How accurate are those folklore weather predictions?
ACCORDING to folklore, you can determine future weather events by the colour of the sky, the shape of the clouds or watching the behaviour of animals.
While modern technology puts weather information at our fingertips, nature gives us all the early warning we need that inclement weather is on its way.
How do nature's early warning signs measure up against the more formal forecasts?
A wise old farmer once told me that mare's tails in the sky mean rain in three days.
Mare's tails are those really high, wispy cirrus clouds that look like the streaming tail of a Mustang at full gallop. Cirrus clouds are often at the leading edge of a frontal system.
I saw mare's tails in the sky yesterday, so if folklore is to be believed, we'll see rain on Wednesday.
My dad always quotes this one: "Red sky at night, sailor's delight. Red sky in morning, sailor's warning.”
Sunsets mean the air to the west is clear enough for the sun's light to have passed through it.
A red sky in the morning can be caused by the dawn light bouncing off cirrus ice crystals in the upper atmosphere.
The moon also plays a part in predicting future weather events: "If there is a halo round the sun or moon, then we can all expect rain quite soon.”
The halo around a bright object is caused by refraction of the light through the ice crystals of high cirrus clouds.
If you want to make your own rain prediction advice, this one is for you: "A piece of seaweed or string hung up will become damp before it rains.”
Seaweed and string absorb atmospheric humidity - the air becomes humid before it rains ... or dew.
Your own body can also help predict rain is on its way. Aching bones, frizzy hair are all signs rain is on its way.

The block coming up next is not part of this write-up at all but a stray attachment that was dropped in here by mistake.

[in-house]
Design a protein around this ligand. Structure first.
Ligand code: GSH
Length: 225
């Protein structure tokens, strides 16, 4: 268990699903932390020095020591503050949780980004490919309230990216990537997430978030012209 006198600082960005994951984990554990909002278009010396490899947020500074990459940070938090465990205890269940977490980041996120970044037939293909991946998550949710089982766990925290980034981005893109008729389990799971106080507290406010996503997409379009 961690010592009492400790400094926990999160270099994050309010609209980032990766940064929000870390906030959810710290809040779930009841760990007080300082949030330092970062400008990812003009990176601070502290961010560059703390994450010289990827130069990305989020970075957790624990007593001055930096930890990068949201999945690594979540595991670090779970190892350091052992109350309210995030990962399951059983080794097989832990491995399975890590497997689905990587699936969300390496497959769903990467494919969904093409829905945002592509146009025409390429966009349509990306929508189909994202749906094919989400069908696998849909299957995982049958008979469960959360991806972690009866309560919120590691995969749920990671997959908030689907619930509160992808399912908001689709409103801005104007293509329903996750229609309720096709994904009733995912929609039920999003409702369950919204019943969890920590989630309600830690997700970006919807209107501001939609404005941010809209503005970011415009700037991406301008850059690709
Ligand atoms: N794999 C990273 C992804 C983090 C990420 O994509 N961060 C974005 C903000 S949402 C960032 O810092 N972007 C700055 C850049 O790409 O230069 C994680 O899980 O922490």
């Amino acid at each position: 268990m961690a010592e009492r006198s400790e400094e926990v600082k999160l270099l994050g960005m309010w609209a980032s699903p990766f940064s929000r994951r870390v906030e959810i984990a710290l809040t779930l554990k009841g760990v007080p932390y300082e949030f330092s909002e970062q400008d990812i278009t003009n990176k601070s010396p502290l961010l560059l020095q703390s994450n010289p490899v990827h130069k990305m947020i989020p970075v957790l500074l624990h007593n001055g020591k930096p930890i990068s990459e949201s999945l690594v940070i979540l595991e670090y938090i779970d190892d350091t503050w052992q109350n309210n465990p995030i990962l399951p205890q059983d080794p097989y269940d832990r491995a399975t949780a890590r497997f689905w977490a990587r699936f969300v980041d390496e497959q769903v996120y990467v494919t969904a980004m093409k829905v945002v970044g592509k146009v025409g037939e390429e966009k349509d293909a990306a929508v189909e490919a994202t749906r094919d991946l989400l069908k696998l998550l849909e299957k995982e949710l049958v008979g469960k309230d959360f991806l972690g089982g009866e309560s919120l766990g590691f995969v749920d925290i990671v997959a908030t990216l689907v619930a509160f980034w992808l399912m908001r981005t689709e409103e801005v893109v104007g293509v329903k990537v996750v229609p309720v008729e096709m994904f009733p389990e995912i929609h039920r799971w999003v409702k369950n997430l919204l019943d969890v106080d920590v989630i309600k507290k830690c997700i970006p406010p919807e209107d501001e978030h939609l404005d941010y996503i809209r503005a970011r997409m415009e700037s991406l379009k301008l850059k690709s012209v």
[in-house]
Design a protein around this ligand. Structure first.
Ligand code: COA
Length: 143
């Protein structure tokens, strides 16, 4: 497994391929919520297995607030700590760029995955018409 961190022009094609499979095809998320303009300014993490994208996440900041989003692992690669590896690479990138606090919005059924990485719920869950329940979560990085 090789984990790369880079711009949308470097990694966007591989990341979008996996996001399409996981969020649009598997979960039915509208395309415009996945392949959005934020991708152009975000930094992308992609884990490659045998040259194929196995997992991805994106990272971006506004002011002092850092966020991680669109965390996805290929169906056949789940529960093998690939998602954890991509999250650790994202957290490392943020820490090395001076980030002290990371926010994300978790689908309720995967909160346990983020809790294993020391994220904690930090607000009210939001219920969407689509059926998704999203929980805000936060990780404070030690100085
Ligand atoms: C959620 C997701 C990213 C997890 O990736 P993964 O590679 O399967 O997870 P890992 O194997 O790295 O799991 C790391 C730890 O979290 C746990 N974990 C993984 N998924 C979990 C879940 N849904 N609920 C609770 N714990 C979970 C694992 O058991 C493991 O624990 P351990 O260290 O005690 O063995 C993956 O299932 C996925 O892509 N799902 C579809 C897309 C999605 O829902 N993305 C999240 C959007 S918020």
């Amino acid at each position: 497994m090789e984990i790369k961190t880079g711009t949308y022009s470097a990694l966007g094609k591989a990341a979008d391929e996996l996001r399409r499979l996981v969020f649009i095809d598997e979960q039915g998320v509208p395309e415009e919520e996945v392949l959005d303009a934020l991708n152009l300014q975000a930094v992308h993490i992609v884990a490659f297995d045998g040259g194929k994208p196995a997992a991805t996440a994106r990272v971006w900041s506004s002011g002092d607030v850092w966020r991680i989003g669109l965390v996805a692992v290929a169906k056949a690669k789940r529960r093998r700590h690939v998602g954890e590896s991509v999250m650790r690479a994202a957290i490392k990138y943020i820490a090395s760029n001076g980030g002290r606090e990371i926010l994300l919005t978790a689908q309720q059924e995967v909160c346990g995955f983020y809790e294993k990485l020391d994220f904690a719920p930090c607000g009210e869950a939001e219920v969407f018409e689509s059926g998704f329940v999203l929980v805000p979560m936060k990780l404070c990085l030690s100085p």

My hair was most definitely doing its own thing this morning ... so beware.
Animals are constantly giving us subtle hints. Ants climbing, cows lying down and frogs croaking are all good indicators. As are black cockatoos and kookaburras laughing in the middle of the day.
How they know, I don't know, but they apparently pay attention and can sense a drop in air pressure. Frogs sense the fall in barometric pressure 24 hours before rain arrives.
I've noticed all those things over the past few days.
Swirling smoke is also an indicator. If rain is on the way then the low pressure should keep the smoke low and swirly rather than a steady rise when the weather is clear. The smoke from my chimney was low and swirly this morning, a good sign for those wanting rain.
So, with nature indicating it's going to rain on Wednesday, what do the official weather boffins say?
Well, they all agree. There's an 80 per cent chance of rain on Wednesday according to the Bureau of Meteorology.
BoM predicts possible showers tomorrow, chances increasing to 80 per cent on Wednesday and easing Thursday, for a mostly sunny day Friday before becoming showery again over the weekend.
Online weather forecasts by eldersweather.com.au and North Coast Storm Catchers concur.
North Coast Storm Chasers' Antonio Parancin said rain was on its way, but still a little early to predict where the heaviest falls may be.
"As it stands the average of all models is going for moderate falls inland with heavy falls on the coast.”